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You searched for subject:(Atlantoxial instability). One record found.

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Kansas State University

1. White, Dana Ann. Flexed radiographic angles for determination of atlantoaxial instability in dogs.

Degree: MS, Department of Clinical Sciences, 2019, Kansas State University

Atlantoaxial instability (AAI) is primarily a congenital neurologic disorder of young, toy breed dogs. AAI which was first reported in 1967, is now included in a subset of craniocervical malformations recognized in young small and toy breed dogs as craniocervical junction abnormalities. With AAI, instability can be secondary to bony malformations between the first two cervical vertebrae or ligamentous instability, resulting in spinal cord compression that manifests in varying degrees of neurologic dysfunction and pain. Atlantoaxial instability is also recognized as a congenital condition in people, and objective measures have been proposed in the diagnosis of AAI in humans. The atlantodental interval, used in humans for diagnosis of AAI, is not applicable for veterinary patients, due to the large number of dens abnormalities identified in dogs with AAI. Throughout the years there have been a number of studies trying to improve our ability to diagnosis atlantoaxial instability safely and reliably in dogs; however, there remains no standard protocol for diagnosis based on flexed lateral radiographs. Without the aid of advanced imaging, the diagnosis of AAI in veterinary medicine is largely subjective, based on interpretation of lateral cervical radiographs with a non-standardized degree of flexion. A retrospective case series of dogs diagnosed with AAI was reviewed and compared with prospective case controls to investigate an objective method of diagnosis based on flexed lateral cervical radiographs. Medical records of dogs diagnosed with AAI from three veterinary teaching institutions were reviewed. Flexed lateral cervical radiographs were evaluated to obtain specific measurements based on anatomic landmarks. Means of these measurements were used to determine the position at which normal toy breed dogs (prospective case controls) were radiographed. Flexed lateral radiographs of thirty-one affected cases were positioned at a mean of 51° flexion. When flexed lateral radiographs were evaluated, 90.3% of affected cases could be diagnosed based on evaluation of an atlas to axis angle (AAA) >10°. When Yorkshire terriers, Chihuahuas, and associated mixed populations were evaluated, 22/24 of the affected dogs met a cutoff value for AAA >10°. Flexed lateral radiographs in the control population were positioned at 51 + 10°, and only two of the control dogs were within the AAA cutoff value. There was no difference between the measurements obtained for the flexed lateral radiographs when compared to the exaggerated flexed lateral views in the control population. These findings support the use of mild cervical flexion during positioning to obtain objective measurements for a radiographic diagnosis of AAI in toy breed dogs. Advisors/Committee Members: Walter C. Renberg.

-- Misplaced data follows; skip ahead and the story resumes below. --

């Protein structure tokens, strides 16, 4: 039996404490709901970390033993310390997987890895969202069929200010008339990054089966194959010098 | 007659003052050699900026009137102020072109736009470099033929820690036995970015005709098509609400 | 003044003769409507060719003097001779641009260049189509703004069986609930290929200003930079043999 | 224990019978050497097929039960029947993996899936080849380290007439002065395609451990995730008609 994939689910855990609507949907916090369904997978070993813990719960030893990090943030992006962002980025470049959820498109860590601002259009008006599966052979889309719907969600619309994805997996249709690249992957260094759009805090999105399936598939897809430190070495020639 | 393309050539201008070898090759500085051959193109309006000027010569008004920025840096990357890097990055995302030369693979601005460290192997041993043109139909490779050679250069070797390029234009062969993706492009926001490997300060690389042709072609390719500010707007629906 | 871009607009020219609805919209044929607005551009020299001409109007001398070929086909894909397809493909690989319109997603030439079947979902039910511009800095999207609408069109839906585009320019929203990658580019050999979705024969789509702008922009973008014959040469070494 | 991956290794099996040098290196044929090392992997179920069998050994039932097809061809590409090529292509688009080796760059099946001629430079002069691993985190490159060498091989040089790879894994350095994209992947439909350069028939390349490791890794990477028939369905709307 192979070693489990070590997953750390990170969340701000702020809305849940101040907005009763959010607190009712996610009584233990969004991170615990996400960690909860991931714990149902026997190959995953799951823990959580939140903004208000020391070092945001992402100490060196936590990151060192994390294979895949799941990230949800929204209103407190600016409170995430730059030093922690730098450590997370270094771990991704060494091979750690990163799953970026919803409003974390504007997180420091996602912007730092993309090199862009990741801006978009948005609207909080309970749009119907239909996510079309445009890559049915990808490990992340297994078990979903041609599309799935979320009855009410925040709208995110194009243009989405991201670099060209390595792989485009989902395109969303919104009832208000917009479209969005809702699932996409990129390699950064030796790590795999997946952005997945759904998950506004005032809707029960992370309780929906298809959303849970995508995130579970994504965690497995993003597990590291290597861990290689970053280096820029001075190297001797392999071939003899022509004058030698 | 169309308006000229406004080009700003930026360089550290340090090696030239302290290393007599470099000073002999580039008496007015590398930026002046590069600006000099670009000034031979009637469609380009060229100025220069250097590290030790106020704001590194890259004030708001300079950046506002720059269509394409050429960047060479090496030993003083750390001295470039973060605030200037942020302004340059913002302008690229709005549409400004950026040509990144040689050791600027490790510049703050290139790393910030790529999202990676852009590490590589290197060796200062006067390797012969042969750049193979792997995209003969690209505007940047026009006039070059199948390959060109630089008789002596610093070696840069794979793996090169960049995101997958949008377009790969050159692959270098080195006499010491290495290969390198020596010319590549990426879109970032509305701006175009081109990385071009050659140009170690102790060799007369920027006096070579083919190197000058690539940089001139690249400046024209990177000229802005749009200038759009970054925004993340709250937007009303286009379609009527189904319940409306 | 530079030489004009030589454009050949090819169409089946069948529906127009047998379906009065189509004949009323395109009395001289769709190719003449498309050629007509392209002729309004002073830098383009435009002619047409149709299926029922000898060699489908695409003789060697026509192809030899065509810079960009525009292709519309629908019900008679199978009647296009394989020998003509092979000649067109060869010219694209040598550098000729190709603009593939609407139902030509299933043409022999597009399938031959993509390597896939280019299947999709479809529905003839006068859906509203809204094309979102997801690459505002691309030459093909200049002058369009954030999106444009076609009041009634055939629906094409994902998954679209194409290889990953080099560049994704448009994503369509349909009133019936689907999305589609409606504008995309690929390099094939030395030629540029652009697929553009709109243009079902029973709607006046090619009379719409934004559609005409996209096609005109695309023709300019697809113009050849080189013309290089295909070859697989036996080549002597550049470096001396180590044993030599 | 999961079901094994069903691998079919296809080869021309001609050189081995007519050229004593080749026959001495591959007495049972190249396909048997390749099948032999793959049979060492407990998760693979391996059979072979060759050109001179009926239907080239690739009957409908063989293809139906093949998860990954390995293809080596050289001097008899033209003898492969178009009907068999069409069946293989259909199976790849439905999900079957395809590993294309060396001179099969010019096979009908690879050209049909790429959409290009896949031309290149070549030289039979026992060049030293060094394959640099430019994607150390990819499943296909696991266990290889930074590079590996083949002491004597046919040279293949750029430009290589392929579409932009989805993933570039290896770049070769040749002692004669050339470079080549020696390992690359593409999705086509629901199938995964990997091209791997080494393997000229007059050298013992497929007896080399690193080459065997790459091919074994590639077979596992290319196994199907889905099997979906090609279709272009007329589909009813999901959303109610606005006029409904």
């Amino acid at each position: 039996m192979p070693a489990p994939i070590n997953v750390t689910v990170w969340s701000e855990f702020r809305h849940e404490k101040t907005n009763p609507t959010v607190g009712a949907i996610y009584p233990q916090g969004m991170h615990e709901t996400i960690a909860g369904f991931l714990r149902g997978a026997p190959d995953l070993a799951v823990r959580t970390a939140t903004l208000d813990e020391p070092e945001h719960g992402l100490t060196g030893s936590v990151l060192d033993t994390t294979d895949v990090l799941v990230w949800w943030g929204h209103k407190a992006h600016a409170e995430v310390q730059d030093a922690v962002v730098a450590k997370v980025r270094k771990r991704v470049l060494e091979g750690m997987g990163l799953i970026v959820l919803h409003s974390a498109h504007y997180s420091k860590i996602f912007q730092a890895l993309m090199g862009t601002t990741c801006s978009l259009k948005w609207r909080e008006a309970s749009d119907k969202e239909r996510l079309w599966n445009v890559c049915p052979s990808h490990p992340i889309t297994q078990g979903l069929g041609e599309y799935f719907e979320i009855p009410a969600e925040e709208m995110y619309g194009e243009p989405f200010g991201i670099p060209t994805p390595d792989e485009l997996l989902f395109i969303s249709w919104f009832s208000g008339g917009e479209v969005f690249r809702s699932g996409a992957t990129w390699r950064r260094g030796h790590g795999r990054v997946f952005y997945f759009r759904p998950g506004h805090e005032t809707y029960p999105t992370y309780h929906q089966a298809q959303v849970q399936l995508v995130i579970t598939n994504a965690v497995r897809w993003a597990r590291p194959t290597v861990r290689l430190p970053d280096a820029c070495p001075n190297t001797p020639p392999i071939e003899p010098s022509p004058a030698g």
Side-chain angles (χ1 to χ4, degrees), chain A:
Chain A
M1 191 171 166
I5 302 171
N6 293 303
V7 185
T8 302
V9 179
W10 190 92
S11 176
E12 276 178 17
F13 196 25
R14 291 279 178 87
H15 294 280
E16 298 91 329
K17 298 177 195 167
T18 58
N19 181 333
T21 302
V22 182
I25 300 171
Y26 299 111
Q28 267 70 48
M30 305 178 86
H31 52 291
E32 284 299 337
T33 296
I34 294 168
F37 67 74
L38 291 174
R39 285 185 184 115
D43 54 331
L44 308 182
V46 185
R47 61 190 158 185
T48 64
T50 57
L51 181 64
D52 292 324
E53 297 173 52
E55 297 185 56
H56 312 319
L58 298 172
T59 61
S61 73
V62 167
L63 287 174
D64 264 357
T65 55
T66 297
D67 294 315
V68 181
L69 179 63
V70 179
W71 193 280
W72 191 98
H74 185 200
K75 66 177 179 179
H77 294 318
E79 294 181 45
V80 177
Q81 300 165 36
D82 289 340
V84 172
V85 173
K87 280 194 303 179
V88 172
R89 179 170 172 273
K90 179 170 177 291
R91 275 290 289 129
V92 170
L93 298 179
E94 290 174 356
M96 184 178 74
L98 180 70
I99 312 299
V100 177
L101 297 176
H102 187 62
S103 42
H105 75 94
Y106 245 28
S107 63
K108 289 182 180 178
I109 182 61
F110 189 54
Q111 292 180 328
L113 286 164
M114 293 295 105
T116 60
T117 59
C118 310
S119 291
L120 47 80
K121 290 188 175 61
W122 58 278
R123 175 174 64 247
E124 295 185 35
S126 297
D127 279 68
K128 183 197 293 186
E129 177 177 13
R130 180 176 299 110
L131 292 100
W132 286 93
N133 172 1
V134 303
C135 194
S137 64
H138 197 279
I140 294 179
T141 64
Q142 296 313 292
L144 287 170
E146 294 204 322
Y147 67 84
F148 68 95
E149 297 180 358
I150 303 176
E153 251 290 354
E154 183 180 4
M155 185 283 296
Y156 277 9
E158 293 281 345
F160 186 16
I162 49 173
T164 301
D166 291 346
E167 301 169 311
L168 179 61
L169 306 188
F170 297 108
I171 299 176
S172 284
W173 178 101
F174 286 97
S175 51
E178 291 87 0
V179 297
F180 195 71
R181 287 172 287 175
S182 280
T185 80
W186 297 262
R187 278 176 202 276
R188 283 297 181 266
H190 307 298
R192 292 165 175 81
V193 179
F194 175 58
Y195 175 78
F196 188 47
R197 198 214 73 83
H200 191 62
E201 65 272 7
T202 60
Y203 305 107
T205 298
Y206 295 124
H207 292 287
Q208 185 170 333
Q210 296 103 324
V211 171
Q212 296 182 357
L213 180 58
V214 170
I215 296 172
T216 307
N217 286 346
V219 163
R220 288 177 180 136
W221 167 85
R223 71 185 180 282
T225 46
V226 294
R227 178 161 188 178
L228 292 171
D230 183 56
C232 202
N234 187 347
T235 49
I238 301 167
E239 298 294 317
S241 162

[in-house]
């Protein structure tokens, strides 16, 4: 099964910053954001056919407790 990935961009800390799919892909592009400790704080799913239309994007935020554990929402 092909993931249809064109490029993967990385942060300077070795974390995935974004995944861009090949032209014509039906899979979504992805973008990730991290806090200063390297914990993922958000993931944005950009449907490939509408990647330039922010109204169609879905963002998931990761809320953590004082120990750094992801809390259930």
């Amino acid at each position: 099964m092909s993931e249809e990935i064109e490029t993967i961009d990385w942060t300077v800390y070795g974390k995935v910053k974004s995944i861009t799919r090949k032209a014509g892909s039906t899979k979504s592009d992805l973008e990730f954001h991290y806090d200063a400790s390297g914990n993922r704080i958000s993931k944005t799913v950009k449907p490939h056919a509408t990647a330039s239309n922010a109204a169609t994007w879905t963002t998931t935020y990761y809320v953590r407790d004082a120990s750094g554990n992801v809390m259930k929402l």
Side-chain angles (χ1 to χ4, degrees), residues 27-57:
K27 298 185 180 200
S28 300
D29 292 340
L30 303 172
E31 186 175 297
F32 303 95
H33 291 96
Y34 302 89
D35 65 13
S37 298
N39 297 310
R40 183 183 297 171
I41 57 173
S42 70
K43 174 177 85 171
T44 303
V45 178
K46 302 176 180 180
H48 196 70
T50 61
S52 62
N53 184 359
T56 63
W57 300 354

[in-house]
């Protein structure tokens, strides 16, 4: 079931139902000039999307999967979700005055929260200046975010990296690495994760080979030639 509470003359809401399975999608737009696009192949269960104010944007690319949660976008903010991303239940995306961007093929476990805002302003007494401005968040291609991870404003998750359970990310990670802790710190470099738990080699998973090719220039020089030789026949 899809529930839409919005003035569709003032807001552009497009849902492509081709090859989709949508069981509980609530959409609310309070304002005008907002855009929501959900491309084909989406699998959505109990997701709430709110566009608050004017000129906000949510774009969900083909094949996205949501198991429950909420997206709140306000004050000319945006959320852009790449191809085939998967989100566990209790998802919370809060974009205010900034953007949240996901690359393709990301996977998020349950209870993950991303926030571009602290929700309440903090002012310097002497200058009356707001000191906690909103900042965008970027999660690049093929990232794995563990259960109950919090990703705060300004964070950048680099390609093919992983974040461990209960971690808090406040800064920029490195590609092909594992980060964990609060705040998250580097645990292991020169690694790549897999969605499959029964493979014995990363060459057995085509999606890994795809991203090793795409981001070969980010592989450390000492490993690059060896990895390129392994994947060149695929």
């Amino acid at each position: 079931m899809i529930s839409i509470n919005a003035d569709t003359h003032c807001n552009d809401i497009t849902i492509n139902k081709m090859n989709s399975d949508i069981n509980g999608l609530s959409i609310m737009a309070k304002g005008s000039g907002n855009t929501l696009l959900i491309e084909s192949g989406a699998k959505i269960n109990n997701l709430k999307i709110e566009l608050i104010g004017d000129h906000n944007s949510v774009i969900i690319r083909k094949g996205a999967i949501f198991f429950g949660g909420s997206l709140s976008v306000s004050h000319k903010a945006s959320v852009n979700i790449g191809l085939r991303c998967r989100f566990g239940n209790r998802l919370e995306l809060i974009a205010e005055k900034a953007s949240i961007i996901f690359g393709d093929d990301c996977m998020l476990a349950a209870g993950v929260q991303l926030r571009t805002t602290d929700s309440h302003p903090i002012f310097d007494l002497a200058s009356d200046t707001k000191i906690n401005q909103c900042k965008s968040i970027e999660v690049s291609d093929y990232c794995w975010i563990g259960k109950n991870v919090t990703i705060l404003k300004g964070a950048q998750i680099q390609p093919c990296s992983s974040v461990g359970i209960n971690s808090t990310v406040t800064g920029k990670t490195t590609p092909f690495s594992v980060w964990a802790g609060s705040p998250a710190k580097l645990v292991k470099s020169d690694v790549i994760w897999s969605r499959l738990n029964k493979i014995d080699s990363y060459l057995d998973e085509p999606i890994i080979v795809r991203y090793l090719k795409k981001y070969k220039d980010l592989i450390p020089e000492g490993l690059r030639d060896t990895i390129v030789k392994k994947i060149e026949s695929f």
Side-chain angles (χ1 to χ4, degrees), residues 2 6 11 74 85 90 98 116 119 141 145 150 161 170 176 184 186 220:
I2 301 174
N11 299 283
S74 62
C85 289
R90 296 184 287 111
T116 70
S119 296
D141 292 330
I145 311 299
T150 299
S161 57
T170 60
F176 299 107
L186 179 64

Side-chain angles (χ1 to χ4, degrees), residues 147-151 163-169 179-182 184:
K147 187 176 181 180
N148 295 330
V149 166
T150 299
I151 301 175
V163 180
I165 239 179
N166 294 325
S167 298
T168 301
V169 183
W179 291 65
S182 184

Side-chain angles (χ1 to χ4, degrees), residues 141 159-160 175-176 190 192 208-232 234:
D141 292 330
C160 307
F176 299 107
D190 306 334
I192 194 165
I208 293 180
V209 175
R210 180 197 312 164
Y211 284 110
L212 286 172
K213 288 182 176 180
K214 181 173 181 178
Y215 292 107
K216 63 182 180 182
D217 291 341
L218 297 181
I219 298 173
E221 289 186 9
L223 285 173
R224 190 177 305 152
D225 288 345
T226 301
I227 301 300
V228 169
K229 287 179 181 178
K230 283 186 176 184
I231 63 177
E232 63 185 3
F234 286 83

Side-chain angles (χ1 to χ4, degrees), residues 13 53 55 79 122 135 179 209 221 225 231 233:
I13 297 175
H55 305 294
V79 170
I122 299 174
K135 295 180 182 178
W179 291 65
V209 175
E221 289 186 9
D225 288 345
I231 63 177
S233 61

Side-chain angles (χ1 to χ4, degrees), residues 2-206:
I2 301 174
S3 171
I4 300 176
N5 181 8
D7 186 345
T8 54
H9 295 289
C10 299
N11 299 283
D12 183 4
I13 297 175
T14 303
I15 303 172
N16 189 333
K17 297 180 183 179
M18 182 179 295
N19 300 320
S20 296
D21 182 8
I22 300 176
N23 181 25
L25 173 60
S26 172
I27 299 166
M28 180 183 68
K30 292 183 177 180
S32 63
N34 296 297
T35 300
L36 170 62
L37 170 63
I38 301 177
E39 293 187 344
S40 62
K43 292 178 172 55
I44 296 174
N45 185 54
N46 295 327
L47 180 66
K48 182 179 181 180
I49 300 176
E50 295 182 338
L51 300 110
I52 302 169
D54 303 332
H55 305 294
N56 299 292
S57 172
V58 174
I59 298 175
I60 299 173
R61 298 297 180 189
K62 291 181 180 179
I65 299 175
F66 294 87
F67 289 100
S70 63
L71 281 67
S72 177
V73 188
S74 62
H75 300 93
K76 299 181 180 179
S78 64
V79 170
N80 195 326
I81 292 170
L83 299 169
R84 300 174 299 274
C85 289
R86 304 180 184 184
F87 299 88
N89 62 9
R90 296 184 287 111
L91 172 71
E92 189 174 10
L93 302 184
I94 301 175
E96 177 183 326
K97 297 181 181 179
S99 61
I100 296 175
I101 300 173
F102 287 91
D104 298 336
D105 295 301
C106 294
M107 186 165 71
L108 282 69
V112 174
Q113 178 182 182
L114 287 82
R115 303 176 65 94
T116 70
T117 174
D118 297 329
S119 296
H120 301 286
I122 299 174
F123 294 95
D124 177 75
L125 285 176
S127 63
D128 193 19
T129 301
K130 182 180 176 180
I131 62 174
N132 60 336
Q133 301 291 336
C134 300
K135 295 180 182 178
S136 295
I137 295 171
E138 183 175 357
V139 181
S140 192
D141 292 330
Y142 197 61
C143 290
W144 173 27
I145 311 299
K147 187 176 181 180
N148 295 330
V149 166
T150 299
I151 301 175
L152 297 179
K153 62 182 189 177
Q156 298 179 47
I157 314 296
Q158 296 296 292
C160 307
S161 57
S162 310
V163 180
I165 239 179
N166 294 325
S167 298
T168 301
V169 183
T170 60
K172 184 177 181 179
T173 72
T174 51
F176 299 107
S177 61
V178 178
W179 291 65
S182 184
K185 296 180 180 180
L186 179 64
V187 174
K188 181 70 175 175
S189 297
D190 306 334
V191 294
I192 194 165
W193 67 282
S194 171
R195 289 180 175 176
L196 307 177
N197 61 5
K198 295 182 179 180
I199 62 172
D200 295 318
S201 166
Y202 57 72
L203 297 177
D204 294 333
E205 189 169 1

Subjects/Keywords: Dog; Radiograph; Atlantoxial instability; Flexed

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APA · Chicago · MLA · Vancouver · CSE | Export to Zotero / EndNote / Reference Manager

APA (6th Edition):

White, D. A. (2019). Flexed radiographic angles for determination of atlantoaxial instability in dogs. (Masters Thesis). Kansas State University. Retrieved from http://hdl.handle.net/2097/39627

Chicago Manual of Style (16th Edition):

White, Dana Ann. “Flexed radiographic angles for determination of atlantoaxial instability in dogs.” 2019. Masters Thesis, Kansas State University. Accessed November 13, 2019. http://hdl.handle.net/2097/39627.

MLA Handbook (7th Edition):

White, Dana Ann. “Flexed radiographic angles for determination of atlantoaxial instability in dogs.” 2019. Web. 13 Nov 2019.

Vancouver:

White DA. Flexed radiographic angles for determination of atlantoaxial instability in dogs. [Internet] [Masters thesis]. Kansas State University; 2019. [cited 2019 Nov 13]. Available from: http://hdl.handle.net/2097/39627.

Council of Science Editors:

White DA. Flexed radiographic angles for determination of atlantoaxial instability in dogs. [Masters Thesis]. Kansas State University; 2019. Available from: http://hdl.handle.net/2097/39627

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